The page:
In Book II of Plato's Republic, Glaucon and Socrates present two contrasting conceptions of human nature. For Glaucon, mankind inherently tends toward evil. Everyone would commit crimes if they could do so without any consequences. For Socrates, however, humankind is merely corruptible. Without external evil influences, each a person would choose what is right. These two views become apparent in the story of the ring of Gyges and in the discussion of the guardians' education.
Glaucon tells the story of the ring of Gyges in order to show that everyone would commit atrocities if they could do so with impunity. Glaucon says, "Let's suppose, then, that there were two such rings, one worn by a just and the other by an unjust person. Now, no one, it seems, would be so incorruptible that he would stay on the path of justice" (Grube, 36). Glaucon thinks that humans choose to act ethically only because they fear the consequences of acting immorally. In this view, man is naturally inclined to do evil.
Socrates, however, thinks that humans are good so long as they are not exposed to evil influences. Concerning myths about the gods doing immoral things, he says, "The young can't distinguish what is allegorical from what isn't, and the opinions they absorb at that age are hard to erase and apt to become unalterable. For these reasons, then, we should probably take the utmost care to insure that the first stories they hear about virtue are the best ones for them to hear" (Grube, 54). For Socrates, humankind has the capacity for corruption, but it is possible that this capacity never actualizes. If people are not exposed to wrongheaded thinking or to immoral myths, then they may do what is right. In this view, humans are neither inclined to good or evil. Instead, their environment influences them.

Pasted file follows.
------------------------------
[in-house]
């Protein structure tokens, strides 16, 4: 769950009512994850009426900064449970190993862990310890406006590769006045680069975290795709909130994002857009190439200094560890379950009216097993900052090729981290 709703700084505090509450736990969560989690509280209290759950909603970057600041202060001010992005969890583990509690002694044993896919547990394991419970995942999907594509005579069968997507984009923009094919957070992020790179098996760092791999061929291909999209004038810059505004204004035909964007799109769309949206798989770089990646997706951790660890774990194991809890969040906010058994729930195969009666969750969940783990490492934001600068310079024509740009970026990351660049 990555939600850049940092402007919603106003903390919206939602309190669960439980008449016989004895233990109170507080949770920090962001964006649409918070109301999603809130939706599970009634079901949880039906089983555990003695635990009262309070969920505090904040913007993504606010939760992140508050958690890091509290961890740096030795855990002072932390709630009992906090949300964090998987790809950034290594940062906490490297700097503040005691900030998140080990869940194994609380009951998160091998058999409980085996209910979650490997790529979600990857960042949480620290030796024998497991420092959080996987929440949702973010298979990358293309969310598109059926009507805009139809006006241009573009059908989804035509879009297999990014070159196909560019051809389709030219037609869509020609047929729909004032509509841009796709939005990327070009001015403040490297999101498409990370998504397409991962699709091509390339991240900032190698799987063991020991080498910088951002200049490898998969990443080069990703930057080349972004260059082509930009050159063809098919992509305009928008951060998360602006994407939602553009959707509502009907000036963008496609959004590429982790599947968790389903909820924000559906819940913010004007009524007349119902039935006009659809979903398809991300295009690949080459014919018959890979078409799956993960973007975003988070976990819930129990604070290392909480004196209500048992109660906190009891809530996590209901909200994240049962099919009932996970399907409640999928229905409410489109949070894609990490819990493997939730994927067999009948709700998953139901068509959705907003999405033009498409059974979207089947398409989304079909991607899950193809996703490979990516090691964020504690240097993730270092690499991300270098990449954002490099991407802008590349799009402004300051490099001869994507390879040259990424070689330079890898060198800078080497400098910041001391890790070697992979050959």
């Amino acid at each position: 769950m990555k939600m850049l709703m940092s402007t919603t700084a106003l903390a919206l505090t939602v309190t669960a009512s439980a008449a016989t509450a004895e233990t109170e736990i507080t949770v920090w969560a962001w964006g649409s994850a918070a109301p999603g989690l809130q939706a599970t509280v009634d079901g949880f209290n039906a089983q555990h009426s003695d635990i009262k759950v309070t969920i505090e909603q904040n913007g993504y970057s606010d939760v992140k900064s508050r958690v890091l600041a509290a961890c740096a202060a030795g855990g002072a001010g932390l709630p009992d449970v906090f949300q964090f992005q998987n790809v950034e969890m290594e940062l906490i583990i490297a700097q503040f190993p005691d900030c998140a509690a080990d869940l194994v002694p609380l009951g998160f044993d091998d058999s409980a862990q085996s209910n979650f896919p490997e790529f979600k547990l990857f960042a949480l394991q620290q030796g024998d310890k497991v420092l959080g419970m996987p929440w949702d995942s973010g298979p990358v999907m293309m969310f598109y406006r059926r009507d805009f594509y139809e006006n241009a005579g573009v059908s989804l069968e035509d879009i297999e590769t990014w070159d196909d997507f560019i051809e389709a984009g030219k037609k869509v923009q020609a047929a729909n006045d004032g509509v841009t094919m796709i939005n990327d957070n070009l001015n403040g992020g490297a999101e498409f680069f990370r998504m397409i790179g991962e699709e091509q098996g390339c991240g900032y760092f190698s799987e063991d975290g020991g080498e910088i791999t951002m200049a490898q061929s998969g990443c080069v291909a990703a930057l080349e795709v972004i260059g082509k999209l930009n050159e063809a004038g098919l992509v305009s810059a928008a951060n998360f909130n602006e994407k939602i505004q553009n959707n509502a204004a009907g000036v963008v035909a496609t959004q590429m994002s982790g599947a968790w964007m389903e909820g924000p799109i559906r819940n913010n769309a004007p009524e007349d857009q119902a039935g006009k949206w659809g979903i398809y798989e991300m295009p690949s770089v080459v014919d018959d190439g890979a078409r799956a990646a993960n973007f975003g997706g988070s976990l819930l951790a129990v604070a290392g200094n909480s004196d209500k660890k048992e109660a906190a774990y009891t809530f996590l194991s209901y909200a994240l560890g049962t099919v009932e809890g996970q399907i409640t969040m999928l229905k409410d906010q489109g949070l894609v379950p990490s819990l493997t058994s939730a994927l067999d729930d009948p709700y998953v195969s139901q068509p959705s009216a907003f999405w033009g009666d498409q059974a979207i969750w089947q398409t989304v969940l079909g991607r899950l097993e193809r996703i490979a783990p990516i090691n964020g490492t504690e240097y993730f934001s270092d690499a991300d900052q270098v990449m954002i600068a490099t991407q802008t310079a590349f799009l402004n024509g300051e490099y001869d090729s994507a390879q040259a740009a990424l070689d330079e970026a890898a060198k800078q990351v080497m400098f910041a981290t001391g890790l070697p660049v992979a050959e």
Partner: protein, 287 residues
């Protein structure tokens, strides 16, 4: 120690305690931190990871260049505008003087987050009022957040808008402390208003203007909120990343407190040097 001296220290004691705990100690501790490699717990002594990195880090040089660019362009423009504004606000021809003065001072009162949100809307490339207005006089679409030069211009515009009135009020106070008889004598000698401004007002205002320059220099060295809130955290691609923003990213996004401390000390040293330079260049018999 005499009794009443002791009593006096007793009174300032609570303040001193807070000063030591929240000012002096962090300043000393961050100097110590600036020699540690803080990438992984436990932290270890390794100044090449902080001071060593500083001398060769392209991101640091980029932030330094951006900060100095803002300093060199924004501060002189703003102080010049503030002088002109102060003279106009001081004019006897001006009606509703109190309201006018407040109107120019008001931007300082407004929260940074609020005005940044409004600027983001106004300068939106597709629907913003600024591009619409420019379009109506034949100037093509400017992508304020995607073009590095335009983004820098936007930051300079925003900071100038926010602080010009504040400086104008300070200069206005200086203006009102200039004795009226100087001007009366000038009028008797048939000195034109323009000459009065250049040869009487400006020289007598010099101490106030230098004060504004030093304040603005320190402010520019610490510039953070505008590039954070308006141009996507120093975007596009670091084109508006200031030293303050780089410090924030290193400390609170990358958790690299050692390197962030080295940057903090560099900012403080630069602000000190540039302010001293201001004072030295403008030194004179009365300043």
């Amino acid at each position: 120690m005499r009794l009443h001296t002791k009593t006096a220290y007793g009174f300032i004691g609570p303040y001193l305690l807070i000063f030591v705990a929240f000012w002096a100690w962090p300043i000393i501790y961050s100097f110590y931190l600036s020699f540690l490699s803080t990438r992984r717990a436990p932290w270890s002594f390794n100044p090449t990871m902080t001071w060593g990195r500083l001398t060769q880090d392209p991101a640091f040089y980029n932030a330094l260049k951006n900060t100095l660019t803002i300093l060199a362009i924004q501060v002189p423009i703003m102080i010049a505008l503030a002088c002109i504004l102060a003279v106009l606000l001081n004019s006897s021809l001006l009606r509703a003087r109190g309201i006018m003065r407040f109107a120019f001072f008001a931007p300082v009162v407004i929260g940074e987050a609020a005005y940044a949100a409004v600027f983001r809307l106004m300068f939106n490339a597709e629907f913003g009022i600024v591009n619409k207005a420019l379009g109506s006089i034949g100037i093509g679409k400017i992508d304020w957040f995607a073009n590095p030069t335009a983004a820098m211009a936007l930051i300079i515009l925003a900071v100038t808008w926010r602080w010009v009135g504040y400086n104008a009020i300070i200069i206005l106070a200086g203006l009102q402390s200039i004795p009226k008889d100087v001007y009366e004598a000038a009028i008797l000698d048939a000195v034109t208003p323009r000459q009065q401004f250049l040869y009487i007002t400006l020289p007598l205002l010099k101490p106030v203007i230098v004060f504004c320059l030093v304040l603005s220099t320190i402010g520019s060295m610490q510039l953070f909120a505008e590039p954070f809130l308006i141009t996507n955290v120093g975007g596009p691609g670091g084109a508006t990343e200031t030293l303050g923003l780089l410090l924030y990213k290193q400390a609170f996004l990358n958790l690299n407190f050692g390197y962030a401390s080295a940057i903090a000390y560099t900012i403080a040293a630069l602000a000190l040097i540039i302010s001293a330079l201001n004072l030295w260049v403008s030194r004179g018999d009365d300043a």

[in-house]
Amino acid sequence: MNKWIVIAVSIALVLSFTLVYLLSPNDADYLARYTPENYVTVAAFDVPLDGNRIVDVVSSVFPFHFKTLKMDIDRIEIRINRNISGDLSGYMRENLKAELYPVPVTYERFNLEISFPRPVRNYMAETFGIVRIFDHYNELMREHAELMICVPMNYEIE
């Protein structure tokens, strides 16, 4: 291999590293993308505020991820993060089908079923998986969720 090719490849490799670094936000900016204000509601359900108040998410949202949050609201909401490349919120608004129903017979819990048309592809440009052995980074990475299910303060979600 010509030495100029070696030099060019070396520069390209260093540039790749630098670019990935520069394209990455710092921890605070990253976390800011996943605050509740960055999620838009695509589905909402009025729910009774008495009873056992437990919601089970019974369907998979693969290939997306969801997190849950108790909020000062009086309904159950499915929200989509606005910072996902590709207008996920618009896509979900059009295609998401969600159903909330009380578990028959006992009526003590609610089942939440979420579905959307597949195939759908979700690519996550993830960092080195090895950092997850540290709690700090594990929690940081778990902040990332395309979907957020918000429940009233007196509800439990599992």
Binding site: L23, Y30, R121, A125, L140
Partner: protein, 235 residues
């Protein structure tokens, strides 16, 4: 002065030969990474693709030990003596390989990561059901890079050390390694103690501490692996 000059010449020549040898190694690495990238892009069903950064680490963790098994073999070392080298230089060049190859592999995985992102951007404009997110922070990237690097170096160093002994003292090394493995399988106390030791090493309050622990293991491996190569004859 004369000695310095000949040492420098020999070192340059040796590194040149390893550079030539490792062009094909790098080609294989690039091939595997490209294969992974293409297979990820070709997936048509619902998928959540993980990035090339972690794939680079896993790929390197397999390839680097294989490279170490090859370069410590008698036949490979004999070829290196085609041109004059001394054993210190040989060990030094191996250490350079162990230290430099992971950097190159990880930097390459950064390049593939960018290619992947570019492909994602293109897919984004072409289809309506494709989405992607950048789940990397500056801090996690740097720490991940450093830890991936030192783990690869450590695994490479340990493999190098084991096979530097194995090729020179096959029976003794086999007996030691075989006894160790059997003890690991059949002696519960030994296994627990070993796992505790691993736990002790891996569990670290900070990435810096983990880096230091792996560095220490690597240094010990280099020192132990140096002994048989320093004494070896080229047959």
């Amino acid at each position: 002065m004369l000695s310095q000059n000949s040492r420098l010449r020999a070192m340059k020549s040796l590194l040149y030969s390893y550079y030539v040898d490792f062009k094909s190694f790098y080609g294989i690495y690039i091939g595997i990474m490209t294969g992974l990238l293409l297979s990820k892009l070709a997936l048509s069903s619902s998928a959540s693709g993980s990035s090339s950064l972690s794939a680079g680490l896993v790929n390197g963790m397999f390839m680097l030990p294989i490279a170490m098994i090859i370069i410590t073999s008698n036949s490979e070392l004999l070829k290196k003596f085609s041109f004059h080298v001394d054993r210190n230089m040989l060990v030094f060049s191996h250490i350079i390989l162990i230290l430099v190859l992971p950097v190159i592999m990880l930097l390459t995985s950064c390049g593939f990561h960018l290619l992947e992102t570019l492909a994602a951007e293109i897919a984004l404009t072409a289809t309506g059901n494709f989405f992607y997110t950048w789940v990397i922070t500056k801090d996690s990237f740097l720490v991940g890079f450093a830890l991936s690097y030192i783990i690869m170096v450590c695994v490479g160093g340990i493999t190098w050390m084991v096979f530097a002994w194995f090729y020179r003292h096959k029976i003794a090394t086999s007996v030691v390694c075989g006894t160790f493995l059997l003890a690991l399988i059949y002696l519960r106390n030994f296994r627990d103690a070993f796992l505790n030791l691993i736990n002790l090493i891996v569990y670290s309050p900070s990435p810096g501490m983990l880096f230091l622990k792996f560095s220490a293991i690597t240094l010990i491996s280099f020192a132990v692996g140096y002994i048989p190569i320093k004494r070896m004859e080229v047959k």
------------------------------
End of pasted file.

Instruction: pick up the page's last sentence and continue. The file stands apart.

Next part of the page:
Thus Glaucon and Socrates hold distinctly different views of human nature. One posits that man is naturally inclined to act unethically. In this conception, people only ever act virtuously because they fear the consequences of acting immorally. The other maintains that people have the capacity for both good and evil. In this conception, environmental or circumstantial influences play a significant role in forming a virtuous agent. These views entail certain consequences for political philosophy, and Plato's kallipolis presupposes Socrates' view. If Glaucon's conception is correct, then Plato's just city will never be more than a utopian dream.